Ever since the advent of advertising, the most creative minds have strived to create designs that would appeal to the collective. Art is judged on its universality and so is good design in advertising. The goal, after all, is to convey the message to as many people as possible. Here are 5 examples of renowned vintage print design which have been printed through the traditional method of litho printing. You could also look at some modern and creative print ads for your inspiration.
5. I WANT YOU
This famous print from 1917 was created by J.M.Flagg and based on a British poster from three years earlier. He used a modified version of his own face and the pose of a veteran, Walter Botts. Although print ads of the era were usually copy-heavy, this ad needed to strike a chord with the population and convince them to join the war effort. Creating the iconography for Uncle Sam did just that and brought a massive deluge of support for the war effort.
The colour palette used was, in an effort to be nationalistic, kept to three primary bold colors – the colors of the American national flag – red, white and blue. The stark and simple colourful designs were designed to create immediate strong emotional responses. The typography is bold but plain. It was made for mass distribution and the design suited that perfectly. You might also like this awesome collection of vintage typography.
4. IT’S TOASTED
This ad from the 1920s shows the slow shift towards an increased focus on imagery. Percival S.Hill created the slogan “It’s toasted” after a visit to the factory where he noticed the aroma of the tobacco wafting through the halls.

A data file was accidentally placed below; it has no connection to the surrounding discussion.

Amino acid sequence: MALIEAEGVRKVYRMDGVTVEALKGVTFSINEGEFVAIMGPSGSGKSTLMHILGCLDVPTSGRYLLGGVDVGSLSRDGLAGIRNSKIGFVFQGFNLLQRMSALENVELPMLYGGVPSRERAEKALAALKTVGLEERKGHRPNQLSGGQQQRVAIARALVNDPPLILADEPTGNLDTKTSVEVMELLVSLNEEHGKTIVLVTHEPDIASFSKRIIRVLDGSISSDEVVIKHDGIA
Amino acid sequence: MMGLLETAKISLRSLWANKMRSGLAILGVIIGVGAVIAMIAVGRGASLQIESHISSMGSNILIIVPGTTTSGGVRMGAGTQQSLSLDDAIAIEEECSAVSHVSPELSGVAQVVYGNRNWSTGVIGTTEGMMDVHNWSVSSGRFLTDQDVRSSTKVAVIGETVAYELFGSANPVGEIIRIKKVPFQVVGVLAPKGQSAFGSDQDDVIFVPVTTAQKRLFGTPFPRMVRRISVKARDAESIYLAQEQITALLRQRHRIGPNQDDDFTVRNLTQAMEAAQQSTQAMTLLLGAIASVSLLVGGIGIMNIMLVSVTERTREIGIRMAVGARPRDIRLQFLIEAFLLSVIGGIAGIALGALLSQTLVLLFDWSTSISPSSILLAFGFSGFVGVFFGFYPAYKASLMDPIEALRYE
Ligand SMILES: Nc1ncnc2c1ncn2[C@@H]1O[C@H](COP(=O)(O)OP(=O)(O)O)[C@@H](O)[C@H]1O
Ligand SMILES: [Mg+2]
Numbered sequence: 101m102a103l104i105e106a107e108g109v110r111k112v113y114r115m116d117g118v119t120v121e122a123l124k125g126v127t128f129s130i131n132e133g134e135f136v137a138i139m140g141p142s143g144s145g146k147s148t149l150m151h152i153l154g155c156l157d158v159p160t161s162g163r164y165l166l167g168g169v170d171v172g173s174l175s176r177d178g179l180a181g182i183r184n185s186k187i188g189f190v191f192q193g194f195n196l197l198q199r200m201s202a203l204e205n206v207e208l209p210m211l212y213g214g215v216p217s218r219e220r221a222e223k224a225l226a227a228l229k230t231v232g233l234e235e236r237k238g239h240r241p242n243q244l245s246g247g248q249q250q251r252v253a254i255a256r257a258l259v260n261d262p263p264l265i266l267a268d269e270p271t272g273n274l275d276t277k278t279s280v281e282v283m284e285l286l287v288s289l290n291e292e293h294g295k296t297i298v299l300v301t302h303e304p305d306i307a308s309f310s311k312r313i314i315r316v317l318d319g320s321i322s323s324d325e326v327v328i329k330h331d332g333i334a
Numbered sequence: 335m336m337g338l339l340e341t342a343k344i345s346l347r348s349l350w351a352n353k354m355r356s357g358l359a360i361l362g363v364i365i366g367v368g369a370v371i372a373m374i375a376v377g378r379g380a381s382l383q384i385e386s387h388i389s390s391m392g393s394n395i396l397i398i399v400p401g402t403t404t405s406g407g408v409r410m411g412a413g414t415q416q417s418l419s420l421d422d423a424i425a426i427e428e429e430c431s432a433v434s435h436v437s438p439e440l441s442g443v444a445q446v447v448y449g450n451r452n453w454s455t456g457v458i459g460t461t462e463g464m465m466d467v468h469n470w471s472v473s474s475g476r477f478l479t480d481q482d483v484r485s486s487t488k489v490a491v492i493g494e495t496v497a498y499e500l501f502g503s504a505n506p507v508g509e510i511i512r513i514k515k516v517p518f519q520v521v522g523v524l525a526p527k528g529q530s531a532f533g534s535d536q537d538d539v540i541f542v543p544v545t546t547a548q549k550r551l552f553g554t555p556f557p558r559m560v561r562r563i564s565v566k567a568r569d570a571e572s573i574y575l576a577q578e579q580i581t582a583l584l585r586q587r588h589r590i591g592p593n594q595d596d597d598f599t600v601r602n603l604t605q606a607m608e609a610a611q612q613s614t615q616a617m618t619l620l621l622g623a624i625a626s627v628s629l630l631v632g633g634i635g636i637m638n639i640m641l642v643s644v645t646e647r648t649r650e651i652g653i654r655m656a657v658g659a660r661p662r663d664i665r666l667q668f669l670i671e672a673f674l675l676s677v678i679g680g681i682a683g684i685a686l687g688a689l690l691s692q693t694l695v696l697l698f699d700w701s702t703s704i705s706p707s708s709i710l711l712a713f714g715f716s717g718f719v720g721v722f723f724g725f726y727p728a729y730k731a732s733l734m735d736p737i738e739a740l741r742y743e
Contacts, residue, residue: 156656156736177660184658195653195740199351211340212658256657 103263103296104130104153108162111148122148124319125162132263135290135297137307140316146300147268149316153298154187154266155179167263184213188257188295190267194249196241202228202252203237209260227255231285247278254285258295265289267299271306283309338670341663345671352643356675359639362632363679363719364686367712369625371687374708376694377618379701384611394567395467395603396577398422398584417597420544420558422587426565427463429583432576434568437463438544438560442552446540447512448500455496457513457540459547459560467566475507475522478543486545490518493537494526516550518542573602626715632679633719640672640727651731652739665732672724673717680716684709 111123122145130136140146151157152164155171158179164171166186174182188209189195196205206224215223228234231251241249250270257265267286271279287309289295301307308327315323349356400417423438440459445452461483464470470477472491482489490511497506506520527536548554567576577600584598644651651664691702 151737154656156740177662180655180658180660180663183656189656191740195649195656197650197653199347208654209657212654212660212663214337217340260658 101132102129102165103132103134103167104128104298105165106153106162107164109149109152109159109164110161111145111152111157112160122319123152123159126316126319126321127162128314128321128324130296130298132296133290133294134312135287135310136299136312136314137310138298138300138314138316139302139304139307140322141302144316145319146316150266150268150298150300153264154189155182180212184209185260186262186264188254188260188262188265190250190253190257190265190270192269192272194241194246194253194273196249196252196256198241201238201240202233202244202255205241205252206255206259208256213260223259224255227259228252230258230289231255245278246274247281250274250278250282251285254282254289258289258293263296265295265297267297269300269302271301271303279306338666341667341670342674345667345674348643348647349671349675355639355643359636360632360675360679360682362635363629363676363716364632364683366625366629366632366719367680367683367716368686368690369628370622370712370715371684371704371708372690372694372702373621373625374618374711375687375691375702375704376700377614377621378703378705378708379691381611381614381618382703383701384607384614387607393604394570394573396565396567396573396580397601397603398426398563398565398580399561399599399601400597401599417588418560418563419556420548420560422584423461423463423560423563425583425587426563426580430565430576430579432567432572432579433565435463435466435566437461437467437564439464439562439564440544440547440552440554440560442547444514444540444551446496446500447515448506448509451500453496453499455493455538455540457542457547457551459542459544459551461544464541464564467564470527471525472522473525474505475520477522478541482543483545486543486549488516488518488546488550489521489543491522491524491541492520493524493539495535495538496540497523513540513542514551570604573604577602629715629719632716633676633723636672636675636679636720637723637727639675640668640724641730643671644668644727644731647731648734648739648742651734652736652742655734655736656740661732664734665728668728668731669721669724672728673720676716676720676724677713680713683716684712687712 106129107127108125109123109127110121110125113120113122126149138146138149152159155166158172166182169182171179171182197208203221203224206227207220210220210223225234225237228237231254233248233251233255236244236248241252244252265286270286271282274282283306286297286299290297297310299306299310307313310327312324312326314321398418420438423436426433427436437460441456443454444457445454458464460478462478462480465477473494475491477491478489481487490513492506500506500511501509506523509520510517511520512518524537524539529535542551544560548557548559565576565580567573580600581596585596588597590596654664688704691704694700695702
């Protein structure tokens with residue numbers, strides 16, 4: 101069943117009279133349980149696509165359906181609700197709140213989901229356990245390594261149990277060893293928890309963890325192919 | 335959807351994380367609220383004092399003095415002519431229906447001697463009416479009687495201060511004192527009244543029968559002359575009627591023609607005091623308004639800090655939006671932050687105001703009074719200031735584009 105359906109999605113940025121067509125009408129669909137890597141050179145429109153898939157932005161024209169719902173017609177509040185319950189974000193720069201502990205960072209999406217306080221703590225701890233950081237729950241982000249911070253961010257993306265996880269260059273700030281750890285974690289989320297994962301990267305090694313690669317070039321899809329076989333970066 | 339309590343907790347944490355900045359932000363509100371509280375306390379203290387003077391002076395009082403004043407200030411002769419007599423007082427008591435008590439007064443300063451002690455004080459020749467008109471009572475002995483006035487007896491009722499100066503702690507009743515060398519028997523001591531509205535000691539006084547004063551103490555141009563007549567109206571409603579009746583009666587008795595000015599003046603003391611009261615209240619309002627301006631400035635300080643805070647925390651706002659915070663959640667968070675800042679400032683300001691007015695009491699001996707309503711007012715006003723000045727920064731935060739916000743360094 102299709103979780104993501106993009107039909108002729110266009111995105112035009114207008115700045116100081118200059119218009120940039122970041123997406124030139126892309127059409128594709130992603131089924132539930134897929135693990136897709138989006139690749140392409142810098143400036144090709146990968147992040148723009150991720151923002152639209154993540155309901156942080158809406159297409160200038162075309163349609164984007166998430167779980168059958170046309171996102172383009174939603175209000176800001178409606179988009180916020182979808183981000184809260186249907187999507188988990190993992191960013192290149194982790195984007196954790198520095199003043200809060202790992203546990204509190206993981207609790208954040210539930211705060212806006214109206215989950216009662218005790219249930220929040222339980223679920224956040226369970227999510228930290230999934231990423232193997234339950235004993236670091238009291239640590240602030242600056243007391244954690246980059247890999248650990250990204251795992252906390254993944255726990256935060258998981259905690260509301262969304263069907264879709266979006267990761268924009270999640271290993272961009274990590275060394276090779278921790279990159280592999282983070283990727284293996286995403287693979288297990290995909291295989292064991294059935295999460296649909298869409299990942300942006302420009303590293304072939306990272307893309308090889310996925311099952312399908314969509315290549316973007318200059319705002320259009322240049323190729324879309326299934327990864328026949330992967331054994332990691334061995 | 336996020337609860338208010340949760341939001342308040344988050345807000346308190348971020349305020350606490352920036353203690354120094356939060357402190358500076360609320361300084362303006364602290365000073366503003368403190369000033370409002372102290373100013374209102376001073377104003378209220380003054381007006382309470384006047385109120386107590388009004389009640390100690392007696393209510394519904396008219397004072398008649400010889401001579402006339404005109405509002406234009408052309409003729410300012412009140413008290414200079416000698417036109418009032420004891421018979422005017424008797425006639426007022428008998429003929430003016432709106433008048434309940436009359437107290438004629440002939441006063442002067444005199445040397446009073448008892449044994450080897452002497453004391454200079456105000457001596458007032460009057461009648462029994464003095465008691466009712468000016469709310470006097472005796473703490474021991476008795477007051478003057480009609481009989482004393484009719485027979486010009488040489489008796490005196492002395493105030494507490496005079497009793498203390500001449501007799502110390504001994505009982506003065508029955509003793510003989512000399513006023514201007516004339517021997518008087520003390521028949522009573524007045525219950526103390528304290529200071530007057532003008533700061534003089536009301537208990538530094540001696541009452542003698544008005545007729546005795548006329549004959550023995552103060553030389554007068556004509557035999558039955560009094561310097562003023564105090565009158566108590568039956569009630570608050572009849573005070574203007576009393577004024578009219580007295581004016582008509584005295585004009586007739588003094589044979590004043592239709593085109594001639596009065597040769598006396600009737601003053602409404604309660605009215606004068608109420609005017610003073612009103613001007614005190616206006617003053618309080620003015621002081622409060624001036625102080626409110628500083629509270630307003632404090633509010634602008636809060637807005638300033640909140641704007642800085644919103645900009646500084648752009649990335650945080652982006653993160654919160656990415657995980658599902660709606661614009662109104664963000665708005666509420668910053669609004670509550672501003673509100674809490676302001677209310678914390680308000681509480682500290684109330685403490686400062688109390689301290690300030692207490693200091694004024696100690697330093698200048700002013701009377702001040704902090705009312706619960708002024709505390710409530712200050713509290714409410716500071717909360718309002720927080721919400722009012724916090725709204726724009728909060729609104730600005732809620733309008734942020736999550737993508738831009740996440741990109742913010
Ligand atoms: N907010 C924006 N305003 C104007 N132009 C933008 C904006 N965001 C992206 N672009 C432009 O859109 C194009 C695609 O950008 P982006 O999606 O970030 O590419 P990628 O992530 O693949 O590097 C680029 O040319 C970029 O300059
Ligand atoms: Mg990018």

The economy in the volume of copy allowed for more space for the imagery – a large colourful picture of the product and the user – someone the reader will seek to emulate. The slogan is left in bold type and pulls the eye in. The advert would have initially been printed onto paper and plastered around the country, with prints also appearing across a range of publications.
You could have a look at some of the fabulous examples of Lino Printing
3. WE CAN DO IT!
In this ad from the 1940s, we start seeing the shift towards a complete focus on imagery. There is great use of color with the stark yellow background drawing you in. A single, iconic image – one that has symbolised feminine empowerment for decades – along with a strong, clear slogan in bold, simple type. This ad was designed to be mass produced, in order to increase the involvement of women in the war effort at home.
Vintage business cards are some kind of a trend now-a-days
Perhaps the most iconic character constructed purely to sell a product, the Marlboro Man was the invention of Leo Burnett, in 1954. Marlboro was considered a feminine cigarette at the time and everything about this ad was meant to suggest masculinity. From the boldness of the font proclaiming the brand to the aggressiveness of the copy. The 1950s also saw a shift towards more of a balance between copy and imagery. Copy was forced to the bottom of the page and limited to a few choice lines, while the imagery hit you in the face with the singularity of its vision – a ragged cowboy smoking a Marlboro.
1. THINK SMALL
A watershed moment in ad making. With a tiny budget, Helmut Krone and Julian Koening at the Doyle Dane Bernbach (DDB) agency created one of the most iconic ads of the 60s. When all the other cars were boasting about how big and spacious they were, they decided to go the other way, even reflecting this in the ad. The already small car is made to look even smaller with perspective and a two word slogan perfectly reflecting their pitch.
Automobile ads of the time tended to focus on bombarding the reader with information, but this ad chose to convey a feeling instead, appealing to the heart rather than the mind. This was included in magazines and printed on paper for bus stop ads.
These ads are prized for their effectiveness, and they achieve this through good design. In our age of being constantly bombarded by ads, it truly takes special talent to make one stand out.